Most mobile devices offer a range of methods for inputting data, for example, touch screen, stylus, keypad and voice command. We’ve already looked in some detail at touch screens. Most mobile devices use a virtual keyboard for input, but some have physical keyboards. Blackberry phones (which are specifically designed for handling mobile email) generally have keyboards and the Asus Transformer range of tablets have a keyboard dock which effectively turns the tablet into a laptop. Some devices also offer the facility to use a stylus for input. The Samsung Galaxy Note comes with a suite of applications, called the Premium Suite, designed for use with a stylus. The Suite provides seven templates for a for a range of common tasks, including writing a diary or jotting down notes. You can record each step of your drawings and play them back, use the device as a whiteboard to create diagrams and flowcharts or annotate and save PDF.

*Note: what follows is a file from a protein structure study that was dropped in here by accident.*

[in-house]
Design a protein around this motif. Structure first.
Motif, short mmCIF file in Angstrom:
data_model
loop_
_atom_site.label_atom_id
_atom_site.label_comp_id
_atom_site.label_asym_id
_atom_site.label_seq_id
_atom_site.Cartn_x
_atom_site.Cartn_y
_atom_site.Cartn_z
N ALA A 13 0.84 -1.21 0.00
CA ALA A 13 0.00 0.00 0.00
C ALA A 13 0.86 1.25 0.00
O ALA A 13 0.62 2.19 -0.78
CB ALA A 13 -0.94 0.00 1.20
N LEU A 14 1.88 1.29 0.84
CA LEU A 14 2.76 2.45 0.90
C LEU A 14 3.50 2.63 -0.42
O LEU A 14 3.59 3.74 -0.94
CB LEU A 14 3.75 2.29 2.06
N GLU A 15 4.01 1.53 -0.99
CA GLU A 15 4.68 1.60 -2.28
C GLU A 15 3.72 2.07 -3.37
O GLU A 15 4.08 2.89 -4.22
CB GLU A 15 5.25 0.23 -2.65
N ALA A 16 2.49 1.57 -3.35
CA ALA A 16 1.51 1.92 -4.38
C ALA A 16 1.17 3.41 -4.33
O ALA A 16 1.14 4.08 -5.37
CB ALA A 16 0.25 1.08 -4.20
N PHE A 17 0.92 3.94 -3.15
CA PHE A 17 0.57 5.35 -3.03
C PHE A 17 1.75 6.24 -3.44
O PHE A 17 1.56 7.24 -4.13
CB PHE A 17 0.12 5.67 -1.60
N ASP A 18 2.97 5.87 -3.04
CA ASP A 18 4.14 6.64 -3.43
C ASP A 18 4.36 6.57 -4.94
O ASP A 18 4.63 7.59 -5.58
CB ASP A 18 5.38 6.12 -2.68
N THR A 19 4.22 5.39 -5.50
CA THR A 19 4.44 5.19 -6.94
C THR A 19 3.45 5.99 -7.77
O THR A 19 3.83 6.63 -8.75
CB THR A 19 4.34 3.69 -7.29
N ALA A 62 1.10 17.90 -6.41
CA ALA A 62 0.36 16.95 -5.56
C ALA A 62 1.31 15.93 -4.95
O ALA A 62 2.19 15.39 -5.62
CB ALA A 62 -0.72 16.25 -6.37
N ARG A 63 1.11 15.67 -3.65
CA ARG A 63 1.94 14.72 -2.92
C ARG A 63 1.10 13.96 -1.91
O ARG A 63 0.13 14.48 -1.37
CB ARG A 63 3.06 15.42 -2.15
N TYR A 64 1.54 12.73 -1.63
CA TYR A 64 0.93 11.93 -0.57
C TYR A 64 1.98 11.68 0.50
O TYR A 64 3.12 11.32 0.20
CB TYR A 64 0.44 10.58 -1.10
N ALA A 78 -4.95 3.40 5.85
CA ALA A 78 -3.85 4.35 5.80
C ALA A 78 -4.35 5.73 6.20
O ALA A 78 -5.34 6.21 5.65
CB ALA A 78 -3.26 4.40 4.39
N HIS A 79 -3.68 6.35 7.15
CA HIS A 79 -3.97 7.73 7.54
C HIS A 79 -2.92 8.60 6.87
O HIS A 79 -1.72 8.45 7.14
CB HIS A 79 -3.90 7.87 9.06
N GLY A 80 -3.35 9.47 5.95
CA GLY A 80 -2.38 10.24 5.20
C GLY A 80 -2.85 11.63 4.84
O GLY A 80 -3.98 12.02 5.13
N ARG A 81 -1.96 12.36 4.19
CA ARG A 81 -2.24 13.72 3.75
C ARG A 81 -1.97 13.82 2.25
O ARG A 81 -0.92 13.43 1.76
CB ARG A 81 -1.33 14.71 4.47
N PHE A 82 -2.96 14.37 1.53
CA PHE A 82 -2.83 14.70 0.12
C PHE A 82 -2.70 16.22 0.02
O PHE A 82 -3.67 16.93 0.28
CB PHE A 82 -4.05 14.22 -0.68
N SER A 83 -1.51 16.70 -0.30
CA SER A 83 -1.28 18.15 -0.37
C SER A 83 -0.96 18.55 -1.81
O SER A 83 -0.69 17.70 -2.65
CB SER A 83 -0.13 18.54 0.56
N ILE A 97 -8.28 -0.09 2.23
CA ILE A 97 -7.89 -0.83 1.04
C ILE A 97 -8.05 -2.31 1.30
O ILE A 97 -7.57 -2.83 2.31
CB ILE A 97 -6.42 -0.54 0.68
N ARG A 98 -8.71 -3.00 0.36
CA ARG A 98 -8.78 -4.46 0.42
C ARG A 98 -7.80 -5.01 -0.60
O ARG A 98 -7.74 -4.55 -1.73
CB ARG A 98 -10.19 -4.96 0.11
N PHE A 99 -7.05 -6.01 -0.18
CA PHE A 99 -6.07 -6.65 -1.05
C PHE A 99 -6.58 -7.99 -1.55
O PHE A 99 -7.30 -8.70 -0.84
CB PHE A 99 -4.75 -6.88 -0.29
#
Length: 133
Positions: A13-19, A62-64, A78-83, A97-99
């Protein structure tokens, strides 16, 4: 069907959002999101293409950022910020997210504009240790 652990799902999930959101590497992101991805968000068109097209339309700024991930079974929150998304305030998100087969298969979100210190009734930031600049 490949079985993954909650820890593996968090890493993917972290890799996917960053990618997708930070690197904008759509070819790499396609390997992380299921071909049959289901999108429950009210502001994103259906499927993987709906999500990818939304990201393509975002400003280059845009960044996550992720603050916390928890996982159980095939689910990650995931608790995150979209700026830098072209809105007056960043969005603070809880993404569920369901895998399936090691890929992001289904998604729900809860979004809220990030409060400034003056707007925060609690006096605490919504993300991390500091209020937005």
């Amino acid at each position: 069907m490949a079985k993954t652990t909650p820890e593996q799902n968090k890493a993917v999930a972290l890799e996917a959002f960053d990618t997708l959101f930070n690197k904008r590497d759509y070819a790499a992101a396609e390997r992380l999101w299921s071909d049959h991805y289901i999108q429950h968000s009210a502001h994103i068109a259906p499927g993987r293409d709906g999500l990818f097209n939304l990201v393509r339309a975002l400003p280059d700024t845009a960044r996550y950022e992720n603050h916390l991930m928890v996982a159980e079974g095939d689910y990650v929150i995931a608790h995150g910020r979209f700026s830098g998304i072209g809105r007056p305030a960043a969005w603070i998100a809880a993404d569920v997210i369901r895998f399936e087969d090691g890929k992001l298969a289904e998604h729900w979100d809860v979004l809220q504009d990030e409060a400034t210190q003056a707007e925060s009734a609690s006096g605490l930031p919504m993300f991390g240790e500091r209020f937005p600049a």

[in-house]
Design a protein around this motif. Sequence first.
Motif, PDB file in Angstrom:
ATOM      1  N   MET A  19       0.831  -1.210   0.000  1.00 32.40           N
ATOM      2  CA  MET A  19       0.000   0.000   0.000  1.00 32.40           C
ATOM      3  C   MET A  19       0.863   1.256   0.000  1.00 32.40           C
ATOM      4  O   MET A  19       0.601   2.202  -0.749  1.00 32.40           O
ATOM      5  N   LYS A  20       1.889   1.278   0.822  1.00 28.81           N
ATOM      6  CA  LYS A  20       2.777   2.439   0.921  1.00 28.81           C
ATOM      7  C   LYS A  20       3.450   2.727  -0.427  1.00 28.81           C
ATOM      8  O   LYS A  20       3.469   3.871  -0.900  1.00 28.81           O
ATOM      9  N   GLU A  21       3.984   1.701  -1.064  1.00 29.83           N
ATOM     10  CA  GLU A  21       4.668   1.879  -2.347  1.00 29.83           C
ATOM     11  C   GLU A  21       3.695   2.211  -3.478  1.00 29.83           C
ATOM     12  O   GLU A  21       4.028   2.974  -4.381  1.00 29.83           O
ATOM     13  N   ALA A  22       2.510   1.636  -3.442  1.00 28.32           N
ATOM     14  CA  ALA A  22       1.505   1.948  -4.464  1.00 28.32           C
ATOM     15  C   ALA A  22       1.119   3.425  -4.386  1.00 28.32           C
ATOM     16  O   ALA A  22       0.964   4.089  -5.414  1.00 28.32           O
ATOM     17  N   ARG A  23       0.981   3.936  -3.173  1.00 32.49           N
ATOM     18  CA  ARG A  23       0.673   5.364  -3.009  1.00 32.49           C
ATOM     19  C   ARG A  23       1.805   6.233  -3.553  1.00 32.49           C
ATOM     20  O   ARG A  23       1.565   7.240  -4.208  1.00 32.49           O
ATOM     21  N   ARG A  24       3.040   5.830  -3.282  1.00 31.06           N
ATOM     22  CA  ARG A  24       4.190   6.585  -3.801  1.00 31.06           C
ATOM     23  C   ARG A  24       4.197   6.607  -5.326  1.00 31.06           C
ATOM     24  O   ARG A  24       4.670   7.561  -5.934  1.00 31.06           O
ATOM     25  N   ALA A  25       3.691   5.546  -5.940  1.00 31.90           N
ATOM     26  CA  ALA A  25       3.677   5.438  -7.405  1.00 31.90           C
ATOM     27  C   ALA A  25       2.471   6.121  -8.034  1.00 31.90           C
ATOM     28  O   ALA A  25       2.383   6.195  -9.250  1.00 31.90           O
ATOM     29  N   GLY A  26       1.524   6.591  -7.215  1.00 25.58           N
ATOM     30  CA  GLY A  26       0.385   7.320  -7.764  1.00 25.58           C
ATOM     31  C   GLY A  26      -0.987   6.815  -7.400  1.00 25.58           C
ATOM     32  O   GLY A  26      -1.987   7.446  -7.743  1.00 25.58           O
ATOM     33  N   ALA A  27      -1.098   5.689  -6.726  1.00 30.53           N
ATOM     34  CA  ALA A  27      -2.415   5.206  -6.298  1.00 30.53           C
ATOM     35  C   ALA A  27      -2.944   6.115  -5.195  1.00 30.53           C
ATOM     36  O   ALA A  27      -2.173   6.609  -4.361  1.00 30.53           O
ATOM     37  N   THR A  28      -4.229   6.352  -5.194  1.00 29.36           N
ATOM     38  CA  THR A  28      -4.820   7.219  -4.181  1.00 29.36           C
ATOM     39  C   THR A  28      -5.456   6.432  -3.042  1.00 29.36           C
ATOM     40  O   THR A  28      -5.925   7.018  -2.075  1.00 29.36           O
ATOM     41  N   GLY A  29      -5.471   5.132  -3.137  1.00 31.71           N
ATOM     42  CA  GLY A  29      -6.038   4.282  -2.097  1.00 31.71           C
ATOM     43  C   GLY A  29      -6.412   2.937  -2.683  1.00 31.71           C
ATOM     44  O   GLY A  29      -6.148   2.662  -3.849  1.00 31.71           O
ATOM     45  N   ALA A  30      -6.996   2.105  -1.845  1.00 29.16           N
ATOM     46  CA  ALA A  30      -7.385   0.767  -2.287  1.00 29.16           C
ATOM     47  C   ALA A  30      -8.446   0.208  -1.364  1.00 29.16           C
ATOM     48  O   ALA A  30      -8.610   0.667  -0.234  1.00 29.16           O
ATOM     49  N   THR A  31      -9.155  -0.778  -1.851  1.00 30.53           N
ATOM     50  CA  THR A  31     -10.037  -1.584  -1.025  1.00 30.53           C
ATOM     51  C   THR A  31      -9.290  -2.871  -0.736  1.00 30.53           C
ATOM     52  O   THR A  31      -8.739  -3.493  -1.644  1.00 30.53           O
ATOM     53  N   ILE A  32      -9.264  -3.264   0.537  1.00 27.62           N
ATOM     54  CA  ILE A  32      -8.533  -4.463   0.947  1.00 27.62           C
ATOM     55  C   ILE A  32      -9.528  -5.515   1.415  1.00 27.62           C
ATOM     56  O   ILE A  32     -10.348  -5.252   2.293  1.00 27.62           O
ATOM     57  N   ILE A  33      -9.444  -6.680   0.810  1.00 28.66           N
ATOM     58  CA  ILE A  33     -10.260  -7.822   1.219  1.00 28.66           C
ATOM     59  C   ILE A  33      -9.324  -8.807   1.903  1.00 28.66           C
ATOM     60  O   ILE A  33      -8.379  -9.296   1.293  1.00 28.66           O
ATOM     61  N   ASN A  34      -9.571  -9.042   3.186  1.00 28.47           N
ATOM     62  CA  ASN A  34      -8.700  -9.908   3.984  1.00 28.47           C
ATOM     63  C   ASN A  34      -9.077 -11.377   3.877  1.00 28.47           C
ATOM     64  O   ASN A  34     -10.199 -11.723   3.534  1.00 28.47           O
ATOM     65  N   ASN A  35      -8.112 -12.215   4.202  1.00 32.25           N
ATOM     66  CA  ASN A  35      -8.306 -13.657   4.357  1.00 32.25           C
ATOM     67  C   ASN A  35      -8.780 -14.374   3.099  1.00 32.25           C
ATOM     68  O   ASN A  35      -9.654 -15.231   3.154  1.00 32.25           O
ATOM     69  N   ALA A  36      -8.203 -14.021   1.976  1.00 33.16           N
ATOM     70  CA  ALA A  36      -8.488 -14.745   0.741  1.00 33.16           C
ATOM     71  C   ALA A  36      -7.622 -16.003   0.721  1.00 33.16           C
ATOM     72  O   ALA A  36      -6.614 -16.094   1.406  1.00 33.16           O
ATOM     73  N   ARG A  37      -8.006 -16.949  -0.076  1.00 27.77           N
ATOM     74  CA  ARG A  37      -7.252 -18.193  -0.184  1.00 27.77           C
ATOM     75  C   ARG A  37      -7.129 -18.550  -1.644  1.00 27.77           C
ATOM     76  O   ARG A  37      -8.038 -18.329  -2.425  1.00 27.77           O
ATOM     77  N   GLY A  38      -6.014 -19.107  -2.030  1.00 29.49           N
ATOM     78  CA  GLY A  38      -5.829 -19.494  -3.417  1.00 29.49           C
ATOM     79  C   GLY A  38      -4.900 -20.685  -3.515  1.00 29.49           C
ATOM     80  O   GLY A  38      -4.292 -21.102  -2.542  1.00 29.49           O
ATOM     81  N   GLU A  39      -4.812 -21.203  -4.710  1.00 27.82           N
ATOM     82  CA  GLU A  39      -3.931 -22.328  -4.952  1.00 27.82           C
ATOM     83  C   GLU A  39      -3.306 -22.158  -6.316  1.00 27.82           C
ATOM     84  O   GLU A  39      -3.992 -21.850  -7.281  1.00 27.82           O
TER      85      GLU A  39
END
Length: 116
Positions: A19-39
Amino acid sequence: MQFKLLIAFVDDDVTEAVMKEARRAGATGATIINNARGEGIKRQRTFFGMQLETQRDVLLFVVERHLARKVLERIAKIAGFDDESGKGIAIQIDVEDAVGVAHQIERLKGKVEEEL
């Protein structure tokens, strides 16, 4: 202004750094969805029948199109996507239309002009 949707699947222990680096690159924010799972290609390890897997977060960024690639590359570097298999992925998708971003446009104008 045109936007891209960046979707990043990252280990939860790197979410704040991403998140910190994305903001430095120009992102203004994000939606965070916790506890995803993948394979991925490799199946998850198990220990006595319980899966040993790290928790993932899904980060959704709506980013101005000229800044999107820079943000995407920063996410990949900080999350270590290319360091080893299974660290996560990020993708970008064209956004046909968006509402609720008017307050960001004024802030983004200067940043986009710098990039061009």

Simple forms of voice control have been available on mobile devices for manny years, but recently there have been huge improvements in natural language recognition Two of the best known systems are Siri (Apple) and S-Voice (Samsung).
Click on this link to see an amusing video comparison between Siri and S-Voice. You can find similar videos by searching on YouTube.
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